WINSTON-SALEM N.C. (Reuters) - The husband of an American missionary stricken with Ebola has finished a health monitoring period without showing signs of the disease and was able to visit his wife at the Atlanta hospital where she is being treated, a missionary group said on Monday. David Writebol was temporarily quarantined in North Carolina as a precaution after returning last week from Liberia, where he and his wife, Nancy, served as missionaries for SIM USA before she was infected with the deadly virus. In a statement released by the Christian missionary group, David Writebol said the couple prayed together over an intercom during an emotional reunion on Sunday after he was cleared to travel to Emory University Hospital. "I have had the great joy to be able to look through the isolation room glass and see my beautiful wife again," he said. "We both placed our hands on opposite sides of the glass, moved with tears to look at each other again." Nancy Writebol is one of two U.S. aid workers with Ebola who are said to be improving after being flown to Atlanta earlier this month for treatment.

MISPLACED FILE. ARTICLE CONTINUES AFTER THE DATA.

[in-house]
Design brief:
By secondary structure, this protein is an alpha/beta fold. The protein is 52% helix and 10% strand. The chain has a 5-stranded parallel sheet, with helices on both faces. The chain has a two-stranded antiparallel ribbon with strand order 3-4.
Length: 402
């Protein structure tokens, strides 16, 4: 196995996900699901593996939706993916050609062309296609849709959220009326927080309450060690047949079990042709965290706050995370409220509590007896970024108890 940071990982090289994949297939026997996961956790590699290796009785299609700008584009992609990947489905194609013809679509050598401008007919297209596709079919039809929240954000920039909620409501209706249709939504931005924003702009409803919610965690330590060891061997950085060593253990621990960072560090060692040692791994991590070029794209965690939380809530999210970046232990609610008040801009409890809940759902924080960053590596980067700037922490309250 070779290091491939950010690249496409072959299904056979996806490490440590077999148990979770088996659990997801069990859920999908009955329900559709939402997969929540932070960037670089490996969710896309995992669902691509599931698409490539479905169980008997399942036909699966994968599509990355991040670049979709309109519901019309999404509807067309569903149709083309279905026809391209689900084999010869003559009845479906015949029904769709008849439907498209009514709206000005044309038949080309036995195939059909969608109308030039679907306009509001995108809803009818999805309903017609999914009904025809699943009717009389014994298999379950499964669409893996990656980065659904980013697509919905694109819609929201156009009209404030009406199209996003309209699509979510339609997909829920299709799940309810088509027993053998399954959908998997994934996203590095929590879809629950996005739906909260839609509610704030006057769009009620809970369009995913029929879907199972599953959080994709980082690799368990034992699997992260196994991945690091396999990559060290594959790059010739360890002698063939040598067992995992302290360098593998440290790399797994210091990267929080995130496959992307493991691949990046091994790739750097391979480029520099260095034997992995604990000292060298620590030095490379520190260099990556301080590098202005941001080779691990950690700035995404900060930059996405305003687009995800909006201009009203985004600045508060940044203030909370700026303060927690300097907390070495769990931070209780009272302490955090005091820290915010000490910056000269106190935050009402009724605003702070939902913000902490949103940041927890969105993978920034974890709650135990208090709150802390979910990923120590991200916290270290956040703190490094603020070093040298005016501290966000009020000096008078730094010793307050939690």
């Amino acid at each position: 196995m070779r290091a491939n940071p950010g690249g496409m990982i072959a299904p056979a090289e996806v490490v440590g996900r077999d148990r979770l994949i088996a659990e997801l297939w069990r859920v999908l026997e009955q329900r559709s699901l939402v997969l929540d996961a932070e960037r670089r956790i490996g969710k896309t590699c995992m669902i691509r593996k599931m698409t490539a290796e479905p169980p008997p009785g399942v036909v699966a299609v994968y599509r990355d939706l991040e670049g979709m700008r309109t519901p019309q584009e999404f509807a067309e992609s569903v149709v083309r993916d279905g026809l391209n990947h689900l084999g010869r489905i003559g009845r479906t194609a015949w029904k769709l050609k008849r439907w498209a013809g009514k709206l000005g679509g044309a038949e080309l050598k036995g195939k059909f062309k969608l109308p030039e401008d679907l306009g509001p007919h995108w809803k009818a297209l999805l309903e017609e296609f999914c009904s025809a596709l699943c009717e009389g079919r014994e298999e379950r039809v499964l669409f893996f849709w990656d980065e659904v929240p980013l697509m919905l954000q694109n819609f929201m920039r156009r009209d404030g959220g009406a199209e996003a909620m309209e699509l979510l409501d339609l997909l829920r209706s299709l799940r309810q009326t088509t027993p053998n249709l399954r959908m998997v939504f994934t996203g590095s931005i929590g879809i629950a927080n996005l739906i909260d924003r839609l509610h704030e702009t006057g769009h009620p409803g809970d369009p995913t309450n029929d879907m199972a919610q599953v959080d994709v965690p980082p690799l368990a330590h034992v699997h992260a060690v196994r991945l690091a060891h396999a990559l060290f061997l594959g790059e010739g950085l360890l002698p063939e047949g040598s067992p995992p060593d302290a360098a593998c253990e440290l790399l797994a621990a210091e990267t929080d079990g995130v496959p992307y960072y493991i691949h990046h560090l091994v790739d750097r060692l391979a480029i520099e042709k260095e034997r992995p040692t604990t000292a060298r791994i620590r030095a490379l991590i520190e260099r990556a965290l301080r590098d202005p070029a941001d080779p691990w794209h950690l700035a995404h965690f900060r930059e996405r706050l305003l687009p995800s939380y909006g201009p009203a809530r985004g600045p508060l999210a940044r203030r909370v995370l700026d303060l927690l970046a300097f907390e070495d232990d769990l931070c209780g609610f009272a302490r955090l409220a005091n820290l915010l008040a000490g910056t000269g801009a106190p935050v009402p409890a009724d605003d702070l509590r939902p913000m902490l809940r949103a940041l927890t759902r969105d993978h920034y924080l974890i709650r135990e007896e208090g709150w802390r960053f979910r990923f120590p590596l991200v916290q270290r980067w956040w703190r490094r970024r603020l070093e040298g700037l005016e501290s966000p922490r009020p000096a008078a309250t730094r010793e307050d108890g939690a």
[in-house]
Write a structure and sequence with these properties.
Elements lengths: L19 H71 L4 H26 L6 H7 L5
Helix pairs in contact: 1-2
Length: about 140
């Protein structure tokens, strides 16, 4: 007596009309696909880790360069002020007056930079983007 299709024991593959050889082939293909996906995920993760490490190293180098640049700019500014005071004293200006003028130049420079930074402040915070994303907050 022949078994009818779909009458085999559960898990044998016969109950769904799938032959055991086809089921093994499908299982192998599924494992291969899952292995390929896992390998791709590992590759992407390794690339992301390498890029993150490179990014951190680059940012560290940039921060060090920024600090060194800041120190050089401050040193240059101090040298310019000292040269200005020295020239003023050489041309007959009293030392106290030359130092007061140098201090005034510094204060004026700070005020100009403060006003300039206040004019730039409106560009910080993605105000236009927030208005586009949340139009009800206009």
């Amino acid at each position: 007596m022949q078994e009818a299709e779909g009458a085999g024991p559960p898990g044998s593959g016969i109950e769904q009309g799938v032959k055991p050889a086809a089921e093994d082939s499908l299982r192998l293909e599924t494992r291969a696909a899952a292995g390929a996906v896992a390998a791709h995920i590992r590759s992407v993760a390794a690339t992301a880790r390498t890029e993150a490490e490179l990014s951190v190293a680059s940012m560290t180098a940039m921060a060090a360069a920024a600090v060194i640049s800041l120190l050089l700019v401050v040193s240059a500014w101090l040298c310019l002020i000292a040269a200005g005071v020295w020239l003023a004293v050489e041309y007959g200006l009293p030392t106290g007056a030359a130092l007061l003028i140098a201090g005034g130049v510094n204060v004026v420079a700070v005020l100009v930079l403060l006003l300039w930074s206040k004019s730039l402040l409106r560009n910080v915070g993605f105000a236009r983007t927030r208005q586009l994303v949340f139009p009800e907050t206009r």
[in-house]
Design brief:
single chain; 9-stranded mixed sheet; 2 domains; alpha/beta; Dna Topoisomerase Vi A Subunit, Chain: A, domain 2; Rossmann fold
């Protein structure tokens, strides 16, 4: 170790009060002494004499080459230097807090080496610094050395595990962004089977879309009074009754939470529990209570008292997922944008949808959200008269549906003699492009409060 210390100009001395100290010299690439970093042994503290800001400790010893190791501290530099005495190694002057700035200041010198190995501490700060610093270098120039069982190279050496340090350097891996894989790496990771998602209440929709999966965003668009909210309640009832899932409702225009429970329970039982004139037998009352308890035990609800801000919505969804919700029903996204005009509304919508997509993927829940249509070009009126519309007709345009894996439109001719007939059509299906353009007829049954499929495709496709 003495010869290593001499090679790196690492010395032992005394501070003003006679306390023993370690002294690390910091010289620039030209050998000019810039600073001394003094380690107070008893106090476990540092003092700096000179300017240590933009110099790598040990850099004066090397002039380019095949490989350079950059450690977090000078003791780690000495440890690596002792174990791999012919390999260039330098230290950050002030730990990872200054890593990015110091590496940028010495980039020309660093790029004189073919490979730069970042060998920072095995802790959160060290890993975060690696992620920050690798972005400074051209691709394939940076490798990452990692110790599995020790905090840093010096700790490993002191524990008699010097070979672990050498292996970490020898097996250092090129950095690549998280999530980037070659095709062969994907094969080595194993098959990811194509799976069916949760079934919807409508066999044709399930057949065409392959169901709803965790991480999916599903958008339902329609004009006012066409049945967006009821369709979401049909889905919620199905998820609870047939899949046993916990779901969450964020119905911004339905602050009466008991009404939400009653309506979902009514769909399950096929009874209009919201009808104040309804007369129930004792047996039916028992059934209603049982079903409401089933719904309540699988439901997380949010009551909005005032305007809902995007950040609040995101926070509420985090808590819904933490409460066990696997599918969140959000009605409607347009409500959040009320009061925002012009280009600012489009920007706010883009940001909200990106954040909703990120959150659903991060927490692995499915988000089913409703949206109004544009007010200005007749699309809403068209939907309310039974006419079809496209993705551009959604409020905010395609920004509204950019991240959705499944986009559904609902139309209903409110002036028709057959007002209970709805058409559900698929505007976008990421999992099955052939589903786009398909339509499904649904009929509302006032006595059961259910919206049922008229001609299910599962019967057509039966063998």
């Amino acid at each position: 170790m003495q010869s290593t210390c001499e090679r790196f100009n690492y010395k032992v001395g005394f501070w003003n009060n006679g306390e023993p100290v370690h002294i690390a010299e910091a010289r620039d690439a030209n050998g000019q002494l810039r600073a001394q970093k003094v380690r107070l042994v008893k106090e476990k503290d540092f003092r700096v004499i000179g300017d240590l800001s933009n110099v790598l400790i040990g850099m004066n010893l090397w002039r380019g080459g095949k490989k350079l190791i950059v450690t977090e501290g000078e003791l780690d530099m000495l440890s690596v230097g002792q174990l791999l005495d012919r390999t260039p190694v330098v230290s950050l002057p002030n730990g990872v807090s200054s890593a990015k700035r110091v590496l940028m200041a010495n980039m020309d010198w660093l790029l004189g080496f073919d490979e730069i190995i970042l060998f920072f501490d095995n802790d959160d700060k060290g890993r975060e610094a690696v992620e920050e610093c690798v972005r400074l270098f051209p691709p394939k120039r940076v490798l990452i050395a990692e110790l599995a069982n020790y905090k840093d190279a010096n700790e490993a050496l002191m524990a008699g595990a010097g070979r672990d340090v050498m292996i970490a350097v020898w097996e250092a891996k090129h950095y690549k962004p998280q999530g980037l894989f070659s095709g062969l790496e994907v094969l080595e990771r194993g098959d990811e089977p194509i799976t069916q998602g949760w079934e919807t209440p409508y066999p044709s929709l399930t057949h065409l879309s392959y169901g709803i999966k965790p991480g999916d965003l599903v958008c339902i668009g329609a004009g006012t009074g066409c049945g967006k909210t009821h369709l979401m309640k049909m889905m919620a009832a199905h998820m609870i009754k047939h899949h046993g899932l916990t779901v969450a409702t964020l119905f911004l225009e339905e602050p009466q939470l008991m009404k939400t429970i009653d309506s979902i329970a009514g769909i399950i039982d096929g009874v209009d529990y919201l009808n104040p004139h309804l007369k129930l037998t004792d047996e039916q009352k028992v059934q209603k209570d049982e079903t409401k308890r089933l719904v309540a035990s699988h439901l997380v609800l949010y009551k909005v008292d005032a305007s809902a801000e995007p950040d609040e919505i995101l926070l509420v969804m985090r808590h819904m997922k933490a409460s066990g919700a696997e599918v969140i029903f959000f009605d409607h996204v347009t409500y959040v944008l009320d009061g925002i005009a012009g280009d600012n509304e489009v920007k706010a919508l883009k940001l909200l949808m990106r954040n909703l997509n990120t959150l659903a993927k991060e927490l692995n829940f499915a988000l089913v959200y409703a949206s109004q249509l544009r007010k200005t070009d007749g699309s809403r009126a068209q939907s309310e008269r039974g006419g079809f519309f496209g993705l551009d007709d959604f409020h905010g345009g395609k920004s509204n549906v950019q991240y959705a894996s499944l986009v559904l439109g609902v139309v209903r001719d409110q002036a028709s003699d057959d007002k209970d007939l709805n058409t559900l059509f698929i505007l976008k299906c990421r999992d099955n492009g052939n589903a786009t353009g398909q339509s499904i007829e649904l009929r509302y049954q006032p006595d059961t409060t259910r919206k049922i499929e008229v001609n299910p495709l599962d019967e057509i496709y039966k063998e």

IVANPAH DRY LAKE, Calif. (AP) — Workers at a state-of-the-art solar plant in the Mojave Desert have a name for birds that fly through the plant's concentrated sun rays — "streamers," for the smoke plume that comes from birds that ignite in midair.
WikiLeaks founder Julian Assange sowed confusion Monday with an announcement that appeared to indicate he was leaving his embassy bolt hole, but his spokesman later clarified that that would not happen unless the impasse over his extradition were resolved.
Jury selection began Monday in the trial of a day care worker charged in the abduction and sexual assault of a 5-year-old girl who was found barely clothed and shivering in a chilly playground last year.
By Thomas Ferraro WASHINGTON (Reuters) - James Jeffords, a soft-spoken Vermonter whose defection from the Republican Party in 2001 created an unprecedented power shift in the U.S. Senate and gave Democrats control of the chamber for 18 months, has died at age 80, U.S. Senator Patrick Leahy said on Monday. The statement from Leahy, a Democrat from Vermont, did not offer any details about the circumstances of Jeffords' death. Jeffords was a New England moderate who found himself out of step with his increasingly conservative colleagues when he rocked American politics on May 24, 2001, by announcing he was leaving President George W. Bush's Republican Party, tipping the divided Senate.